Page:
Corax: Soulforge by Gav Thorpe – Limited Edition Review [Lord of the Night]

A fantastic cover, Corax has never looked better. And the matte-black underneath is just gorgeous.

Lord of the Night reviews the latest of Black Library’s Limited Edition Novellas range, the Horus Heresy novella Corax: Soulforge by Gav Thorpe.

“An enjoyable return for Corax and the Raven Guard, and a very good stand-alone adventure for both.” – The Founding Fields

Another limited release and one that I of course bought for completion, and was rewarded with yet another gorgeous matte-black cover with shiny black lettering and blacked out edges. Really the unique Raven Guard design to their limited novellas is beautiful, and when the story within is quite enjoyable with plenty of the Raven Guards always enjoyable smart-fighting and stealth tactics, it only makes it better.

On the edges of space, where Horus Lupercal’s Legions have been and gone, another force is operating in the shadows. The Raven Guard, once a mighty Legion, now reduced to a shadow of it’s former self, is taking the fight to the traitors wherever and however it can. After a routine sacking of a Word Bearers ship yields unexpected information Corax leads his Legion to an obscure Forge World, only to discover that the Word Bearers are plotting something horrific in the acid-seas and floating barge-cities of Constanix II, and only the Raven Guard can stop them from unleashing a nightmare of metal and madness upon the galaxy, and from making sure that nightmare serves the Warmaster’s twisted goal. But with strife in the Legion can Corax keep the Raven Guard together, or will they succumb to hatred and lose themselves in the fires of righteousness.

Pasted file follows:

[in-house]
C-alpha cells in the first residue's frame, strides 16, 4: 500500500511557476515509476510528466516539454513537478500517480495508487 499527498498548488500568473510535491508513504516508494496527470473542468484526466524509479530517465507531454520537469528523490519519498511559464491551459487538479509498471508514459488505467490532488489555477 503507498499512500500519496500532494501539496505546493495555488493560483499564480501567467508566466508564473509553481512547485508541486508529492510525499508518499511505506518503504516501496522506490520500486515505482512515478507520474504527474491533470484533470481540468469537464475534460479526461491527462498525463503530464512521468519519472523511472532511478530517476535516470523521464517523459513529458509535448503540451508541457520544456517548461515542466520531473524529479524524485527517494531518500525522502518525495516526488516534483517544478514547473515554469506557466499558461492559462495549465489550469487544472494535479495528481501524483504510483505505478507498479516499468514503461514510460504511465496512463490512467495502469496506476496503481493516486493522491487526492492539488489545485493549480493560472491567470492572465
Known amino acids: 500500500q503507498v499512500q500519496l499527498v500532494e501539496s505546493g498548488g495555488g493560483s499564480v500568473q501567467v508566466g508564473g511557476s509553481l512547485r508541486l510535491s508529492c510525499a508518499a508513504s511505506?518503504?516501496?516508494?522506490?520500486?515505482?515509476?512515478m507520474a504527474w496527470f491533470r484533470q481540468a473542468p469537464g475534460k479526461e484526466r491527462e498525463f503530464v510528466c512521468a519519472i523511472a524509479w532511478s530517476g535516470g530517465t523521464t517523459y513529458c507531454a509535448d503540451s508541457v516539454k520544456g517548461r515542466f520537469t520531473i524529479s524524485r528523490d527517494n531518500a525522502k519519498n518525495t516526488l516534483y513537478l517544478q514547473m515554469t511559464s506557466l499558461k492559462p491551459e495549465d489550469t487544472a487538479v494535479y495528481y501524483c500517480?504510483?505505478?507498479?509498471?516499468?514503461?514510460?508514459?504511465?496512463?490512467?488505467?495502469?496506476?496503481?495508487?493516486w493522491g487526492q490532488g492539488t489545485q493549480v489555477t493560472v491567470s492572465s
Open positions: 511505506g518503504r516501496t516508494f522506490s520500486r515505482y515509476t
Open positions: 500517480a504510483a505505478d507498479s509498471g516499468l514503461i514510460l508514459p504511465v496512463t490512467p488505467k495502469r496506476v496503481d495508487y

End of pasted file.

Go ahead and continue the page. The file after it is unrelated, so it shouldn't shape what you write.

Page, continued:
The story in C:SF is obviously a stand-alone in of itself, yet it connects to the novel Deliverance Lost and all of the other short stories that have featured the Raven Guard, and continues their story through that, but also has the benefit of not being essential to the series-wide plot for the RG, as befits a limited edition. But it is still very enjoyable and focuses mainly on Corax himself, on how he wages war and how he views himself and his brothers with led to some very deep answers that really provide an insight into the mysterious XIXth Primarch. The key aspect of the Raven Guard plot was also quite enjoyable dealing the rage they feel at Istvaan and how their method of war values intelligent over wrath, and how they have to deal with not being able to vent that wrath on their enemy when tactics say they must not.